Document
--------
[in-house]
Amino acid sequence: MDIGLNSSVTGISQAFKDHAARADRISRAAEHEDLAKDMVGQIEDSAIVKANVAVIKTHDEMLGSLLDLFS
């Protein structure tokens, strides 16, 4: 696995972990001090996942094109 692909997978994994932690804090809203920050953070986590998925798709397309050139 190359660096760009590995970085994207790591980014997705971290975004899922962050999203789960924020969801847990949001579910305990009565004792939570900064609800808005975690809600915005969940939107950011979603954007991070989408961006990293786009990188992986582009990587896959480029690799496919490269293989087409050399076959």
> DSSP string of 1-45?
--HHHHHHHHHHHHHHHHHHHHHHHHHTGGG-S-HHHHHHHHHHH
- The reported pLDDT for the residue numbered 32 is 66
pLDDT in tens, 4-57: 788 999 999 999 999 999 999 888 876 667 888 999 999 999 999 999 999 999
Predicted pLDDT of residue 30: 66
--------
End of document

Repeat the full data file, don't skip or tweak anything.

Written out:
[in-house]
Amino acid sequence: MDIGLNSSVTGISQAFKDHAARADRISRAAEHEDLAKDMVGQIEDSAIVKANVAVIKTHDEMLGSLLDLFS
């Protein structure tokens, strides 16, 4: 696995972990001090996942094109 692909997978994994932690804090809203920050953070986590998925798709397309050139 190359660096760009590995970085994207790591980014997705971290975004899922962050999203789960924020969801847990949001579910305990009565004792939570900064609800808005975690809600915005969940939107950011979603954007991070989408961006990293786009990188992986582009990587896959480029690799496919490269293989087409050399076959």
> DSSP string of 1-45?
--HHHHHHHHHHHHHHHHHHHHHHHHHTGGG-S-HHHHHHHHHHH
- The reported pLDDT for the residue numbered 32 is 66
pLDDT in tens, 4-57: 788 999 999 999 999 999 999 888 876 667 888 999 999 999 999 999 999 999
Predicted pLDDT of residue 30: 66